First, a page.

Are Airports In The Southeastern U.S. Going To Run Out Of Jet Fuel This Week?

A major oil pipeline from Houston, Texas to Linden, New Jersey was hacked Friday evening and that’s wreaking havoc. The pipeline network supplies nearly 45% of East Coast fuel consumption, totaling over 2.5 million barrels per day gas and jet fuel from the Gulf Coast to the southeast especially but also northeastern United States.

The operator of the largest petroleum pipeline between Texas and New York, which was shut down after a ransomware attack, declined on Sunday to say when it would reopen, raising concerns about a critical piece of infrastructure that carries nearly half of the East Coast’s fuel supplies.

We don’t yet know the disruption we’ll see to air travel, but jet fuel is one of the major issues flagged by the pipeline shutdown. Airports carry just a few days’ supply, so could be affected later this week, especially at major southeastern locations like Atlanta, Charlotte, Raleigh, and Nashville. While “fuel suppliers will need to seek to transport stopgap supplies through other pipelines, but none of them have the capacity to compensate for Colonial’s shutdown.”

There are things an airline can do to to manage fuel shortages. Each has downsides,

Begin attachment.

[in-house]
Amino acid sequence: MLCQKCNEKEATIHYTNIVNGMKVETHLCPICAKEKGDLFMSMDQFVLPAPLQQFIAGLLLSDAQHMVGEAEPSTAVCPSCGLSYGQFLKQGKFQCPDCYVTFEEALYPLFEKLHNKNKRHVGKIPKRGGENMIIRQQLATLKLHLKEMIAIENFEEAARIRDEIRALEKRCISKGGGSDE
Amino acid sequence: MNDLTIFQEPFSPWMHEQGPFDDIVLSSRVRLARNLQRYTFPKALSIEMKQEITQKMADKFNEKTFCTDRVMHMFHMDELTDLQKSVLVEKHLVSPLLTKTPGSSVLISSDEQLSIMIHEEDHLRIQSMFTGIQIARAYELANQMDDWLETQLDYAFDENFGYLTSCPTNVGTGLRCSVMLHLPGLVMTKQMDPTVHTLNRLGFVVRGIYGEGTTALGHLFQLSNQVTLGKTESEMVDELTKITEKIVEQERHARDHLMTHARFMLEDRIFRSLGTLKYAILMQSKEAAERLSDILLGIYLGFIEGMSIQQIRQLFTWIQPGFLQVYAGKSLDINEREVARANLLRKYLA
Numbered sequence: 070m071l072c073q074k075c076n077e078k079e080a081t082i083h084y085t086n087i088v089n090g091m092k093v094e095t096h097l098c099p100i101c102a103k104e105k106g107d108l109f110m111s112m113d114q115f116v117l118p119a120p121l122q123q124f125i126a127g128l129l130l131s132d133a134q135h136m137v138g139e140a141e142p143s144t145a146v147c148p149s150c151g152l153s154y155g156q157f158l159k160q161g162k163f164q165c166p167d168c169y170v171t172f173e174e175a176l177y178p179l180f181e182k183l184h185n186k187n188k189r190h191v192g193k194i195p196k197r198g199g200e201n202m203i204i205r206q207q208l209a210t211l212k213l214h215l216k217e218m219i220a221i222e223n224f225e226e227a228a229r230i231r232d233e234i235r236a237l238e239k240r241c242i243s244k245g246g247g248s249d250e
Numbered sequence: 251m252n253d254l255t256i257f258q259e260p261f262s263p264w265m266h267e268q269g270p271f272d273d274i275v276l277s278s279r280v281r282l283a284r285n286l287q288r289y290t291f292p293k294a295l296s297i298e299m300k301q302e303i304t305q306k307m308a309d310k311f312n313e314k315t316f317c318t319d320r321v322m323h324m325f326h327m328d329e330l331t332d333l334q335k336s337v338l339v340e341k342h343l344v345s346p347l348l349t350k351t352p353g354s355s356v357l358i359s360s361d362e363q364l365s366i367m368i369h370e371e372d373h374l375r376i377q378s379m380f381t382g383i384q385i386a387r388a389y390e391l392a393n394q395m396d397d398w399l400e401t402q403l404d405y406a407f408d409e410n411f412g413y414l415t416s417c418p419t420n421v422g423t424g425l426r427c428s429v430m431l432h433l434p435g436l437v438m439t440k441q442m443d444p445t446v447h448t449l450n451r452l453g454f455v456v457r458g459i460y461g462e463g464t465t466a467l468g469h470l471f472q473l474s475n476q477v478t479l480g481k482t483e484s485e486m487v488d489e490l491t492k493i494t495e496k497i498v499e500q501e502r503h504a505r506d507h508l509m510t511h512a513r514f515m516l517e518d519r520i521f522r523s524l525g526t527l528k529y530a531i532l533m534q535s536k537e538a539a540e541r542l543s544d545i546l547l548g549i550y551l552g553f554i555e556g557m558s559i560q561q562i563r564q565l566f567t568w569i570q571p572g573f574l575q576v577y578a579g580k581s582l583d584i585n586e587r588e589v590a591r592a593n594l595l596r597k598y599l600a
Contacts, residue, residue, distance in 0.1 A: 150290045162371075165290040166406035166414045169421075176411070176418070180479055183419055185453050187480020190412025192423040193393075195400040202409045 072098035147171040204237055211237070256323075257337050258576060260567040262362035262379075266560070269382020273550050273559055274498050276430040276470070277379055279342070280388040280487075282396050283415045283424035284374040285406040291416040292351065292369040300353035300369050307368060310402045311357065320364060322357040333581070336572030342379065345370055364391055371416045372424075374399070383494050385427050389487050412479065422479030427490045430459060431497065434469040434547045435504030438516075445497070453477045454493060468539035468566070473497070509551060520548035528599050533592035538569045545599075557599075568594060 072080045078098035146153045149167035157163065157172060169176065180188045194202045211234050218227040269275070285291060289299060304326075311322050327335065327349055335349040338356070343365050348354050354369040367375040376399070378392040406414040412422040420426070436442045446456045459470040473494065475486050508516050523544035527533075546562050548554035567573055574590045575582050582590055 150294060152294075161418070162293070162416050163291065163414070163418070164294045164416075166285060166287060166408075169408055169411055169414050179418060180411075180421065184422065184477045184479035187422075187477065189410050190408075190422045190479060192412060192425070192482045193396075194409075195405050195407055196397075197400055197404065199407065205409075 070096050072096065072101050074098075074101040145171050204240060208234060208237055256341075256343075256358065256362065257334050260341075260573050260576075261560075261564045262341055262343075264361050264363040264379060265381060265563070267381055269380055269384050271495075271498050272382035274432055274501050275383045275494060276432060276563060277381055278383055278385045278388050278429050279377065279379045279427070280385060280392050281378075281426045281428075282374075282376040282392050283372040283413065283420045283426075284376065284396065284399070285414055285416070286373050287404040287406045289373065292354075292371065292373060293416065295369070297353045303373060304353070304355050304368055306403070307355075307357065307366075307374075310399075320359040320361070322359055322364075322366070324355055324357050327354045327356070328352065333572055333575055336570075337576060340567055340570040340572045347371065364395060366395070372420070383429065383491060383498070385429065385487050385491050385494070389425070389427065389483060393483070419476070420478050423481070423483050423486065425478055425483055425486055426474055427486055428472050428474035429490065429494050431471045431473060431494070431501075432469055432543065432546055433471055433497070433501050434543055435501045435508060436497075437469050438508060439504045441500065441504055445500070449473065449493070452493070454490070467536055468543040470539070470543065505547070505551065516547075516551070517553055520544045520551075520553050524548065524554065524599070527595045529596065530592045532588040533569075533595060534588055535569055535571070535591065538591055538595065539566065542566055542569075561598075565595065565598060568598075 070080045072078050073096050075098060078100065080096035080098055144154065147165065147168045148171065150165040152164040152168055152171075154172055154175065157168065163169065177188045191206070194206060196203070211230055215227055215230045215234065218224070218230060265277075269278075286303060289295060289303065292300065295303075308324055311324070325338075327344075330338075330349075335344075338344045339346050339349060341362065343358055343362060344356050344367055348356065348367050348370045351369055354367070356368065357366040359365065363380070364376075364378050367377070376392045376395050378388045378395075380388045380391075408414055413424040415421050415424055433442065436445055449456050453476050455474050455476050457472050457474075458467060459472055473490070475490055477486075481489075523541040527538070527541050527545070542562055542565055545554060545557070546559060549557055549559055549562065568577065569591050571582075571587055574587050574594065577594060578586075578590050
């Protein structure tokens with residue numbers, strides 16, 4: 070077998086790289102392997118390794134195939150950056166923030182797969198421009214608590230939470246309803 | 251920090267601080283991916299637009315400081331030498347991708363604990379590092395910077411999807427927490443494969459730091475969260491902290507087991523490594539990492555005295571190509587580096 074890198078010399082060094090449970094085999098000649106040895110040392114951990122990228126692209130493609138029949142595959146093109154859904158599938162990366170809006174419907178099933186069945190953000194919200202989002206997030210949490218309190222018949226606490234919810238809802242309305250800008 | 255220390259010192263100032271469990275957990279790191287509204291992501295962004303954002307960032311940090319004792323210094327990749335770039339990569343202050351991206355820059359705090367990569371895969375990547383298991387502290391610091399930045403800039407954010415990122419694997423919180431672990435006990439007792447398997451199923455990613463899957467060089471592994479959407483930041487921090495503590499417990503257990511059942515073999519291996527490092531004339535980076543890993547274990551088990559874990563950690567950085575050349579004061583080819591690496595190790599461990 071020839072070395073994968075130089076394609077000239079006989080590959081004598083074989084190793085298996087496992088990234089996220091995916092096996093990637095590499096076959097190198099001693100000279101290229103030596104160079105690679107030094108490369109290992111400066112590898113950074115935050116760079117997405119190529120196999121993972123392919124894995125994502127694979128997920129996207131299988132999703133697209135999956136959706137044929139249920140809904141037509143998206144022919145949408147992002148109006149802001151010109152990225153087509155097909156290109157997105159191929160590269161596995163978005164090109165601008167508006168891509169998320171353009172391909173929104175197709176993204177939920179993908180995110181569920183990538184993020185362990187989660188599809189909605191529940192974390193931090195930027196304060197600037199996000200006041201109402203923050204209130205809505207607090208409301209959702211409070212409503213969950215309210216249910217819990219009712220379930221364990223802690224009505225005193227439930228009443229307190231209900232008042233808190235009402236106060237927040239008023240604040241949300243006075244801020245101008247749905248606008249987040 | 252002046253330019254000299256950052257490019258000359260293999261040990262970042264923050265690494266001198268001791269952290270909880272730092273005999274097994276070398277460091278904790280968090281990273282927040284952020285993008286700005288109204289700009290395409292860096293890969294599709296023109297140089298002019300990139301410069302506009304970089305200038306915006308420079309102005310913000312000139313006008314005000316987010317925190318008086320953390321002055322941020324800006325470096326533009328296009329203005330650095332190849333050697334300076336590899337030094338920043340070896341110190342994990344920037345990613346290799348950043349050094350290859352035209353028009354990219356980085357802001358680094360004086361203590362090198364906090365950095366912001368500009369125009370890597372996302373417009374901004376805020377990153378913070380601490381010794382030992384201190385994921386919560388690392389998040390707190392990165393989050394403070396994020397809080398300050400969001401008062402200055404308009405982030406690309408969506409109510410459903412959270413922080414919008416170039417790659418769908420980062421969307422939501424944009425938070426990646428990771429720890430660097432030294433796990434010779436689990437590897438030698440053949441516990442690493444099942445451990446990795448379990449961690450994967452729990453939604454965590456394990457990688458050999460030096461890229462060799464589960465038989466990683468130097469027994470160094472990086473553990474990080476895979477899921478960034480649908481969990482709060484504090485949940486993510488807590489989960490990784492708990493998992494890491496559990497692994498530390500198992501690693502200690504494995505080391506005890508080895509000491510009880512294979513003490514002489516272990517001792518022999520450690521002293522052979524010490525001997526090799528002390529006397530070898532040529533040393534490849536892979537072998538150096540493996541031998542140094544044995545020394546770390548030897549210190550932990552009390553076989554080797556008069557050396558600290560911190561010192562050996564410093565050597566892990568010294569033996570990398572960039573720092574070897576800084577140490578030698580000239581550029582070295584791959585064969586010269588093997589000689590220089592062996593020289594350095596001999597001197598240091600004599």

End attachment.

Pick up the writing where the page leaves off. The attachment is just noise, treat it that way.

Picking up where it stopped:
• They can load up extra fuel for return trips on short hops with some aircraft, though that itself weighs more and burns more fuel.

  • Some flights make a technical stop to refuel, but that adds at least an hour to a journey – delaying flights, causing missed connections, and having knock-on effects throughout the schedule.

  • Fuel could be rationed, so planes carry less extra fuel and have a smaller margin before being forced to divert.

Large airports may be better able prepare for shortages, while smaller airports serviced in some cases by smaller providers or with lower priority, might be caught out.

This appears to be another case where the corporate cronyist Jones Act gets in the way since we can’t bring in foreign ship capacity to help move fuel supplies. The U.S. is allowing more fuel to be transported by road instead of waiving (or pushing for the elimination of!) the Jones Act, which helps impoverish Puerto Rico and Hawaii.

We’ve certainly learned over the past 14 months that just-in-time and just-enough supply chains are more vulnerable than they thought. From Ever Given in the Suez Canal, to Texas gas producers being ordered by the state’s electric grid regulator to stop using electricity during February’s meltdown (so they couldn’t produce and deliver gas to power plants), to shortages of toilet paper and bacon, it begs the question about investment in redundancy. Perhaps we should err on the side of allowing more pipelines, not fewer.

About Gary Leff

Gary Leff is one of the foremost experts in the field of miles, points, and frequent business travel - a topic he has covered since 2002. Co-founder of frequent flyer community, emcee of the Freddie Awards, and named one of the "World's Top Travel Experts" by Conde' Nast Traveler (2010-Present) Gary has been a guest on most major news media, profiled in several top print publications, and published broadly on the topic of consumer loyalty. More About Gary »

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  1. “Perhaps we should err on the side of allowing more pipelines, not fewer.”